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Master of Science (MS) in Computer Science
Factor Analysis of Information Risk (FAIR) is a standard model for quantitatively estimating cybersecurity risks and has been implemented as a sequential Monte Carlo simulation in the RiskLens and FAIR-U applications. Monte Carlo simulations employ random sampling techniques to model certain systems through the course of many iterations. Due to their sequential nature, FAIR simulations in these applications are limited in the number of iterations they can perform in a reasonable amount of time. One method that has been extensively used to speed up Monte Carlo simulations is to implement them to take advantage of the massive parallelization available when using modern Graphics Processing Units (GPUs). Such parallelized simulations have been shown to produce significant speedups, in some cases up to 3,000 times faster then the sequential versions. Due to the FAIR simulation's need for many samples from various beta distributions, three methods of generating these samples via inverse transform sampling on the GPU are investigated. One method calculates the inverse incomplete beta function directly, and the other two methods approximate this function - trading accuracy for improved parallelism. This method is then utilized in a GPU accelerated implementation of the FAIR simulation from RiskLens and FAIR-U using NVIDIA's CUDA technology.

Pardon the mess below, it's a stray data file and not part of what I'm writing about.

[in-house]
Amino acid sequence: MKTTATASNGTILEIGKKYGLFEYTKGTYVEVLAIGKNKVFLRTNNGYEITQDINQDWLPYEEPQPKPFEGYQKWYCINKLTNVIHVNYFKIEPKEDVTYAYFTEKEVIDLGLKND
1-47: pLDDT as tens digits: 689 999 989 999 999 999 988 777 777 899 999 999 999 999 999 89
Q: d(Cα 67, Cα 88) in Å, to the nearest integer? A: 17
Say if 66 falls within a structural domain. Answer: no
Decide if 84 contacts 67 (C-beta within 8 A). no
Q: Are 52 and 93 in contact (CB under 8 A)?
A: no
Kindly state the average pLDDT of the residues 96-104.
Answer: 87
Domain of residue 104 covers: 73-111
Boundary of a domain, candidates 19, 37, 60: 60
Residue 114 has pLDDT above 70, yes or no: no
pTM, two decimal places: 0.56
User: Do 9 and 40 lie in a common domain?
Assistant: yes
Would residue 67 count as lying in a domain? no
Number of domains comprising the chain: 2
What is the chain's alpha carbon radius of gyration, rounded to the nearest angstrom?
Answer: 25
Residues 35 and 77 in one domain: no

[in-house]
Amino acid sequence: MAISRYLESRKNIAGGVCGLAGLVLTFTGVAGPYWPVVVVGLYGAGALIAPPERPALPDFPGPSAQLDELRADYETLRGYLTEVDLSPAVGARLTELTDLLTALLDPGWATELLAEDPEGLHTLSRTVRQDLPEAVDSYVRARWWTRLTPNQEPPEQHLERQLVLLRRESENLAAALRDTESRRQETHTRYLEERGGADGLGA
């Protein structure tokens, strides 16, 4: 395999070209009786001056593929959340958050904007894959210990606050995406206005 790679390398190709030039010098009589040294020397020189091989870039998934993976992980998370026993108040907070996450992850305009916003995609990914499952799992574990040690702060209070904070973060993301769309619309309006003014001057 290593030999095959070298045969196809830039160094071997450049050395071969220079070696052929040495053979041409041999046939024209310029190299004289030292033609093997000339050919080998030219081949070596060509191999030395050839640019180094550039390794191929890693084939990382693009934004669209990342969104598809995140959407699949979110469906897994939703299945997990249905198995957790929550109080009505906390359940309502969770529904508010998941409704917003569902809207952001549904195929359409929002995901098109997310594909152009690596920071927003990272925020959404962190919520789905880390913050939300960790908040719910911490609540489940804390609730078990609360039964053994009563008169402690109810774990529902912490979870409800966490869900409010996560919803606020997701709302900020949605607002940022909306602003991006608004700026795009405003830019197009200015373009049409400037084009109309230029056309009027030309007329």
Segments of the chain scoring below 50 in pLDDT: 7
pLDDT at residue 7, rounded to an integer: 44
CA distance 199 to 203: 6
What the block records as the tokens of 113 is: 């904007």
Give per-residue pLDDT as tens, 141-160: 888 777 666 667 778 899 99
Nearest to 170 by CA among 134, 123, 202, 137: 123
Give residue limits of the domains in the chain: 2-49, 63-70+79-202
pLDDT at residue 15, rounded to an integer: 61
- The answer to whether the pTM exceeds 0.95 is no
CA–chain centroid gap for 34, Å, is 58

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Ireland, Forrest L., "GPU accelerated risk quantification" (2018). EWU Masters Thesis Collection. 497.